Back in the day when we went out on Curaçao, one of the things I always looked forward to most was after the party, after the drinks… that hot fried, crunchy, chewy, spicy, saucy mess in a Styrofoam box. See, on Curaçao, as with any food loving culture, they know that what one needs, really needs, after a night of alcoholic debauchery, is something to eat. Something good. The late-night dining and street food scene on the island is dominated by food trucks called truki pan, short for trùk di pan, which translates to sandwich truck. In the past, these trucks used to only sell sandwiches, hence the name, but pretty soon fries were added with a variety of grilled meats or seafood. When night time hits, the neon lights on the truki pans shine bright as a beacon for the hungry… calling.
We only managed to visit a truki pan twice during our visit as we often had dinner plans that involved a lot of food.
The first truki pan we hit up was BBQ Express, a new truck on the Caracasbaaiweg that was quickly becoming an island favorite. It’s so popular it opens at 7pm for dinner and creates traffic from all the cars parking and going from there. This truck was a new one for me, since I hadn’t been back for a couple of years. Since it was also recommended to us by friends we couldn’t pass up on it. So, after having worked up an appetite over a couple of drinks, we made our way over there. Arriving at around 11pm-ish, the place was already packed with at least 30 cars parked around it. A mix of locals and non-locals, young and old, either waiting for, or munching on their orders.
The menu is quite extensive ranging from grilled meat like chicken, pork, and beef, to stoba, or stew, to grilled seafood, oyster soup, and even cheeseburgers. We decided on karko, or conch, and grilled chicken, both ku batata, with fries. Now, if there is one dish that I miss most from Curaçao, it is karko ku batata, but more on that later. We had to wait our turn, but surprisingly, our number was called quite quickly. The dishes come in a Styrofoam box with a side of salad and, completely unnecessarily, some kind of macaroni salad. This double starch action is too much, even for the likes of me. Anyway, it all comes plain, with no sauce. However, on the counter of the truck there are containers and squeezy bottles with the condiments, so you can customize your order. The sauces were ketchup, mayo, salsa rosada (a mix of ketchup and mayo and sometimes more, differs per truck), peanut, chimichurri, and some kind of relish. Lastly, there are two types of chopped pickled onion, one pika, or spicy, and one sweet. I couldn’t help myself and added everything but the ketchup and the mayo. Go.
The karko was so-so for me. It was fried with too much onion, I mean like 40% onion which is not a good ratio. The chicken on the other hand was awesome. Juicy, tender, great BBQ char and grill flavor. The sauces were all good, though the pika could have had more of a kick. Great place! I really wanted to try more off the menu, but sadly we only visited once. Next time!
Our second truki pan visit was to the long running, classic, Naoki’s place. Every Curaçaoean has their favorite truki pan, their go-to place. For me growing up, Naoki’s was that place. How I miss it. Their karko ku batata, for me, is probably my favorite thing to eat in the world. Okay so nostalgia is a big part of that, but if you would ask me what I would want as my last meal on earth, this would probably be it.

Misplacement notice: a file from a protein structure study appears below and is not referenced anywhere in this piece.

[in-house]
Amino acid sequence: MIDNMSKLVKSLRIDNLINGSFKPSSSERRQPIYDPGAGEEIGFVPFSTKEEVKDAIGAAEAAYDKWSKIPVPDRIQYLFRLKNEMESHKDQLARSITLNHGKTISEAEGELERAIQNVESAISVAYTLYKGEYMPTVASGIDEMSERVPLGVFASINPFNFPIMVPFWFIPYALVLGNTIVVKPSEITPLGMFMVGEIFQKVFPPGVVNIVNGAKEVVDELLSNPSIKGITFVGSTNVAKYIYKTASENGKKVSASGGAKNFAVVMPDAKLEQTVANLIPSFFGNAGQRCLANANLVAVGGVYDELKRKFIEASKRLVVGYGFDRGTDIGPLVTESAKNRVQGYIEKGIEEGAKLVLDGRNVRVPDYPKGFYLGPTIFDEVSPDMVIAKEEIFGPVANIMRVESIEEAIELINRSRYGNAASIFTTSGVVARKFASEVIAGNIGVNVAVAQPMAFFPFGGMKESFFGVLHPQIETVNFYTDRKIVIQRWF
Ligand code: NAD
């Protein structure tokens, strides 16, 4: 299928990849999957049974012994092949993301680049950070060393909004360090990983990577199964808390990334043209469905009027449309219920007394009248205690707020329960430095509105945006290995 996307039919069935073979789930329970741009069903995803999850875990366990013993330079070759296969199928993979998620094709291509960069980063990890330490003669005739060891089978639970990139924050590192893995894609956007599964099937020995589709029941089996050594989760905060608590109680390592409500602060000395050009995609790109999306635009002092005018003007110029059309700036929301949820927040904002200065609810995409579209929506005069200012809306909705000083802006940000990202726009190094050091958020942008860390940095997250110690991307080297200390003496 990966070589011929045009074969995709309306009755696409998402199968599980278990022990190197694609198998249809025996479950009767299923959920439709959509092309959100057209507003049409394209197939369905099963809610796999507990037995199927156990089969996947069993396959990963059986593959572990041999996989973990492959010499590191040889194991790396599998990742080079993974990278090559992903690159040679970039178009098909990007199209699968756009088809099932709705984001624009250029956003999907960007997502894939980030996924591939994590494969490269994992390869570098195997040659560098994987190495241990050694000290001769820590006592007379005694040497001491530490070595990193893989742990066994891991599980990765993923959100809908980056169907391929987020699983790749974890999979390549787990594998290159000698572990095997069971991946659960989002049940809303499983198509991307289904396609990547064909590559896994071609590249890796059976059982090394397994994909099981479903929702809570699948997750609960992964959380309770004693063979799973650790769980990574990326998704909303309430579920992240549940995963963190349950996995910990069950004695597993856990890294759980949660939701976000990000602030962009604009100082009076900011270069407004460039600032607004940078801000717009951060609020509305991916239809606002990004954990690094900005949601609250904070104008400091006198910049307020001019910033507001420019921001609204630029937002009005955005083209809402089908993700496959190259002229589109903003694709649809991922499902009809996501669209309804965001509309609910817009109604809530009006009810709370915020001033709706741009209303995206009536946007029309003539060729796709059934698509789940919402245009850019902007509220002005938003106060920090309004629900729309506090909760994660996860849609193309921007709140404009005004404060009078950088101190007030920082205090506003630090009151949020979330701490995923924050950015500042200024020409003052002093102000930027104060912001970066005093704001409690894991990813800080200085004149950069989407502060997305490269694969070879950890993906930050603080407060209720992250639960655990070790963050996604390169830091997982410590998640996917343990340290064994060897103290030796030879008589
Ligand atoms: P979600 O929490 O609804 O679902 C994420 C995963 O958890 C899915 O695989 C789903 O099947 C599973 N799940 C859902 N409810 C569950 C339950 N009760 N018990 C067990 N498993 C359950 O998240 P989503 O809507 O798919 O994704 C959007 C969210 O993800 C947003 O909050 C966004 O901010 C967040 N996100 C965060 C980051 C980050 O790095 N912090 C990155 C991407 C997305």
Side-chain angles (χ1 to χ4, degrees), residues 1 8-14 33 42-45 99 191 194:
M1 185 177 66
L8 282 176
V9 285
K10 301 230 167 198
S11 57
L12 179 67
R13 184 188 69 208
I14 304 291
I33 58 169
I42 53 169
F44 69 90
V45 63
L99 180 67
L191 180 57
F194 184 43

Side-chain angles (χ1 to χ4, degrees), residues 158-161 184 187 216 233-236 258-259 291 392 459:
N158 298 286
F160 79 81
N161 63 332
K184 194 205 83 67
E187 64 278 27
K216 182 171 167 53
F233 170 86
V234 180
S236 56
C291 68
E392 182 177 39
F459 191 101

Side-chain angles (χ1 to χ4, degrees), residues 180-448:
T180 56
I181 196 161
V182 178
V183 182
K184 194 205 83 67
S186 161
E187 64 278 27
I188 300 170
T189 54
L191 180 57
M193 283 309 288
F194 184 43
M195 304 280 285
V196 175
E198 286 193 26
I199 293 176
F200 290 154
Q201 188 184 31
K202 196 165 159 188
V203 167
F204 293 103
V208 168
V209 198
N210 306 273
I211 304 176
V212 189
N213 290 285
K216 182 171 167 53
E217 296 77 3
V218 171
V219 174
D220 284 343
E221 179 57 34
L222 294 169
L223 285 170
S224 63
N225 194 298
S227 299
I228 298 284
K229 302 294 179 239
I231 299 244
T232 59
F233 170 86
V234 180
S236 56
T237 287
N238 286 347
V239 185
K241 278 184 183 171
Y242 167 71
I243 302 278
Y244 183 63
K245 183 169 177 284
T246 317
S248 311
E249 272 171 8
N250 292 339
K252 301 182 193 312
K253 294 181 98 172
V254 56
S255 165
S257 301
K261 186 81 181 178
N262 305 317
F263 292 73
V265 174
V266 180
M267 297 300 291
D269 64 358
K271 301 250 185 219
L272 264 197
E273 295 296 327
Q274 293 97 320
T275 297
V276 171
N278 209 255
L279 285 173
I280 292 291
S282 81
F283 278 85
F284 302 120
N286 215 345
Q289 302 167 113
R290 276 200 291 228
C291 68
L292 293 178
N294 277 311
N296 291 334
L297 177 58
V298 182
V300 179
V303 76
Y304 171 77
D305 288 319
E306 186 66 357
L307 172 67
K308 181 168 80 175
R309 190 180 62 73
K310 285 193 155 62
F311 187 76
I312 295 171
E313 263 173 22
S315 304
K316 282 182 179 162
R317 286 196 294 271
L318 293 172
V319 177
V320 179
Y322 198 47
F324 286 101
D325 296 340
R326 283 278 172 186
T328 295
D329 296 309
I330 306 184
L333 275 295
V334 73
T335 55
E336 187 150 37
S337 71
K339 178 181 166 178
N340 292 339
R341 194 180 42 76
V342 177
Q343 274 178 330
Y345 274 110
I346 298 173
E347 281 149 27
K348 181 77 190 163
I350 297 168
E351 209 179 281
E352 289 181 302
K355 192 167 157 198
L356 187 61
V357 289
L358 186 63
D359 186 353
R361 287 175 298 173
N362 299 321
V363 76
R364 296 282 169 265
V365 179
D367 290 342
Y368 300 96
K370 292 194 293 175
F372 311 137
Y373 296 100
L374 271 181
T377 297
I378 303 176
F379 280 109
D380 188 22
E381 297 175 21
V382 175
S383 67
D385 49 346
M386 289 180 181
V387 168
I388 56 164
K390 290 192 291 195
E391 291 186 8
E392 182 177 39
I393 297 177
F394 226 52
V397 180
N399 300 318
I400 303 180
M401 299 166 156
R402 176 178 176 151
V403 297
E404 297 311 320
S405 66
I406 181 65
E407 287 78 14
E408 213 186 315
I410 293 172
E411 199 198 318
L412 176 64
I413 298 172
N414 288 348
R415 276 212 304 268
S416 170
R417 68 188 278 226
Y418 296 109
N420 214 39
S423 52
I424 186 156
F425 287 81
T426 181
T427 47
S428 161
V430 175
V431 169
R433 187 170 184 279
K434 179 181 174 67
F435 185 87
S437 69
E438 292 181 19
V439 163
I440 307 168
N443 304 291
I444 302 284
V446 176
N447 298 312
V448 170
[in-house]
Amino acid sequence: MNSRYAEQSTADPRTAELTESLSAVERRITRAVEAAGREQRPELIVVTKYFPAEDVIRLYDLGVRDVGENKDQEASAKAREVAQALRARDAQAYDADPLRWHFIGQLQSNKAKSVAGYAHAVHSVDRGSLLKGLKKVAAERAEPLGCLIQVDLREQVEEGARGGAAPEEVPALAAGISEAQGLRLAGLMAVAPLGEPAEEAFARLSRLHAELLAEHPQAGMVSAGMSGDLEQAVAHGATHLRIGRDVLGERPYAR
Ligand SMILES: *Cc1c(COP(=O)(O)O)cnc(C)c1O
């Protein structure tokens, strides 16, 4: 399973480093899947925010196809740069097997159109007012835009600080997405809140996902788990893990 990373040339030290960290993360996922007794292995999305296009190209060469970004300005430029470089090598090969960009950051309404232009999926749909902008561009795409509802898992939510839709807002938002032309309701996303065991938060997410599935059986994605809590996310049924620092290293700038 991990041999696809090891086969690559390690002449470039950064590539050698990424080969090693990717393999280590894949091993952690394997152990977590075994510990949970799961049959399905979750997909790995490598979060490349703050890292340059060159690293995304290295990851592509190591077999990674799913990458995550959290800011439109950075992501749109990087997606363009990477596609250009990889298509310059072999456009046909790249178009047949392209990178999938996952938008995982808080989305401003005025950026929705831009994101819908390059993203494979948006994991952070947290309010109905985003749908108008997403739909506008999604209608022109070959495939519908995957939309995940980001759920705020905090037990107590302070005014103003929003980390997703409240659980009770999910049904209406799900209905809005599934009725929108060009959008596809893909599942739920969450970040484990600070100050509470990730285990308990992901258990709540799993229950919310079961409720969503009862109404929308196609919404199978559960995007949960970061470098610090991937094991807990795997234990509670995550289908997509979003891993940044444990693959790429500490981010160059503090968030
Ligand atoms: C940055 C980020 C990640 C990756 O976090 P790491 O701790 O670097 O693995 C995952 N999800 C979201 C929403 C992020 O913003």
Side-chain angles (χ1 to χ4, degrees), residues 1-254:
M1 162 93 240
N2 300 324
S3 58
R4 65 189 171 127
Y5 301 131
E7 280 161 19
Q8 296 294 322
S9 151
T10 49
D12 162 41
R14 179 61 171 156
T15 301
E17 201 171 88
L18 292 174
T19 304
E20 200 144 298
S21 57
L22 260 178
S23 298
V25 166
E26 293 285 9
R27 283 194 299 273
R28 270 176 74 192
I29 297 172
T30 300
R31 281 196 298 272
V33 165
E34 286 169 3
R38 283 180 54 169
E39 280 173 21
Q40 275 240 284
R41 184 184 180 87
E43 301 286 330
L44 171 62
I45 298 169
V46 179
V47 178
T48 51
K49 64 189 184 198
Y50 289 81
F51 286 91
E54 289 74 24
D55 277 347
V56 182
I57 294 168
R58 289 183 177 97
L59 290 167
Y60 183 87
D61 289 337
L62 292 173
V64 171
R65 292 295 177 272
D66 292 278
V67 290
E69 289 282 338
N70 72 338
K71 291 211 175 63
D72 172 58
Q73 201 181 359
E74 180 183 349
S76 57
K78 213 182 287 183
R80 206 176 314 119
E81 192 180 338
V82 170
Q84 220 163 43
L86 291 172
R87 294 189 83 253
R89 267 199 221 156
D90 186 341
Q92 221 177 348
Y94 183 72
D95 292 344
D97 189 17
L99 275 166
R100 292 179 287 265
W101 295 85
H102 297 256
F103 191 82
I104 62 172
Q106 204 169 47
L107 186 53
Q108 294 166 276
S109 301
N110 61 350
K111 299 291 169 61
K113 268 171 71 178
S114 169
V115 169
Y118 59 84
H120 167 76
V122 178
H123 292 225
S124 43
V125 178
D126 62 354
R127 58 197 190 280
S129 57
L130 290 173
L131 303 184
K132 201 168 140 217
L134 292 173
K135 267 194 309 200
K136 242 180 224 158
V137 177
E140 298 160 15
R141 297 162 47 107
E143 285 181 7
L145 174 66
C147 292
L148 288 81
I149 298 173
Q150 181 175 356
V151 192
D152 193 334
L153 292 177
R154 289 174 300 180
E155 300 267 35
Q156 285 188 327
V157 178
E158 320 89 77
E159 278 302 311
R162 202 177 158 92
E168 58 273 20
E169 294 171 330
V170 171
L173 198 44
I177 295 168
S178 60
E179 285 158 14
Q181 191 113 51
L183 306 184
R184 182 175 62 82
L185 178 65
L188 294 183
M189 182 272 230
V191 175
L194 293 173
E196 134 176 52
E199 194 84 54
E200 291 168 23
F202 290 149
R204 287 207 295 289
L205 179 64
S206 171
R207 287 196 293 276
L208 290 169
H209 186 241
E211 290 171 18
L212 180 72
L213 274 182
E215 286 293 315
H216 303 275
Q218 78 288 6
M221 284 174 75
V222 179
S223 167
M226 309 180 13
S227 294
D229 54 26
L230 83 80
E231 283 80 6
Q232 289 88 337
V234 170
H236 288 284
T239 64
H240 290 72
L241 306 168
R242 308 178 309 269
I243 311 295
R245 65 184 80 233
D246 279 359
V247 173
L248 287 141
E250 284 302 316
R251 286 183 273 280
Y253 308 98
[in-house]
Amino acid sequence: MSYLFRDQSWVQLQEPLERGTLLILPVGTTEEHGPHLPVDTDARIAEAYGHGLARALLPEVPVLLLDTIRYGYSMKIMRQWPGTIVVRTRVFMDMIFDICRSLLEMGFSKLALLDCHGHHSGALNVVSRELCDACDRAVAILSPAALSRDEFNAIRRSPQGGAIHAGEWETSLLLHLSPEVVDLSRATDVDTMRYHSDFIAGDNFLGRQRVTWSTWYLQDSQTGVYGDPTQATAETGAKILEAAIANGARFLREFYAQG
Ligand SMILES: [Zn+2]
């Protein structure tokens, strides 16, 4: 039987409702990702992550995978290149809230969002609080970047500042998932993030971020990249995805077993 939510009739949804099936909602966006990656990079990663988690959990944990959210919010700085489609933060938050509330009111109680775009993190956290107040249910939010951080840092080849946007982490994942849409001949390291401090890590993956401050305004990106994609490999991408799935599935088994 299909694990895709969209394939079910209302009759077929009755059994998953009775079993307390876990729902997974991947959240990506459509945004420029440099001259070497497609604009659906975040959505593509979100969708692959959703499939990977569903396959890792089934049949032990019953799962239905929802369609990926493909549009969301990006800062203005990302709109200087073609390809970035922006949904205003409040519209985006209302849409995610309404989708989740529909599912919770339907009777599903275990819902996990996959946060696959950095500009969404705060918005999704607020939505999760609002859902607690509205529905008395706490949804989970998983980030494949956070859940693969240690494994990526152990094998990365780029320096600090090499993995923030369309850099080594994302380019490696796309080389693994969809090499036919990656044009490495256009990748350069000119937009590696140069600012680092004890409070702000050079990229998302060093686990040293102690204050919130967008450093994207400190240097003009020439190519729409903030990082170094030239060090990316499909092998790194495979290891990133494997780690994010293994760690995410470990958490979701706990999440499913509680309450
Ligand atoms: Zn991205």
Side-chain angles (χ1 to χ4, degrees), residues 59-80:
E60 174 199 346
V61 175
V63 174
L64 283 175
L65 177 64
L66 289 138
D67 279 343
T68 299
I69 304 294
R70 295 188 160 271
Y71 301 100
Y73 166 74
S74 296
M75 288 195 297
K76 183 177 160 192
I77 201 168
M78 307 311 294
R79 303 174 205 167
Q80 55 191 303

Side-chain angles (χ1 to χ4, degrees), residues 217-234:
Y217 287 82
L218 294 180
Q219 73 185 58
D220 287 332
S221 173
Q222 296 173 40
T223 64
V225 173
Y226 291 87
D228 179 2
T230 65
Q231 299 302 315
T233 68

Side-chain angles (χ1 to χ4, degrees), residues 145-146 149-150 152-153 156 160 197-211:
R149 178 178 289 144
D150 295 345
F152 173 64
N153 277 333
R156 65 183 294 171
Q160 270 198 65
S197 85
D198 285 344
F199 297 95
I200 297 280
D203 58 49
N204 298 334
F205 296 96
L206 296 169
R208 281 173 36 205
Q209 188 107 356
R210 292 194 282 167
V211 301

This was our first time visiting Naoki’s at its new location, since on the former spot there is now a McD’s. It’s now located on the same Sta. Rosaweg, but a bit further down. If memory serves, we arrived round 11pm and it was quite busy. The thing that strikes me here is that there are only locals. It could be because it is more out of the way of the more touristy areas than the Caracasbaaiweg, or just because of the more dingy looking truck. Looks can be deceiving, but the array of cars parked around and the group of waiting customers should give away the fact that this place is good, real good. We order the karko ku batata of course. There aren’t, and never were, any tables at Naoki’s, nor at most of the trucks on the island. Most people just eat in or on their cars, or standing up. When our order is ready, I’m asked, “saus di pinda?” (peanut sauce?). Peanut sauce is something you’ll find at most grill restaurants, and every place makes their own version. It’s like the BBQ sauce of Curaçao, and Noaki’s version is particularly good. Then there are, of course, your condiments to add. In this case, I add the salsa rosada, the pika and their trademark watery soy-like sauce, which just works.
I don’t know what it is, but this place’s karko is just magic. Crunchy, delightfully chewy, and the maritime liquor that fried conch releases… don’t get me started. Add to that the fries and the sauces, the hit of sour, and a little spice from the pika. Yes! You dig in with your crappy but obligatory plastic fork that nearly succumbs to the weight it’s bearing, and devour it by the mouthful. The side salad you get is not even worth mentioning, but this is an afterthought at most places on the island. It’s all about the fries and the protein. If karko is not your thing, the steak, often cube steak, and the lomito, or tenderloin, are also popular orders here. I am very glad that Naoki’s still cranks out awesome late night food and am already looking forward to our next visit.
The street food scene is still alive and kicking on Curaçao, and for that I am grateful. I am also really happy that more and more food trucks are popping up around the Netherlands and that there have been a couple of food truck festivals in recent years, like Rollende Keukens in Amsterdam, or TREK in the Hague, and the ‘Kanen bij’ event series in Amsterdam, Haarlem, and Rotterdam. Now if only some of these trucks were also open late at night. Wouldn’t that be something!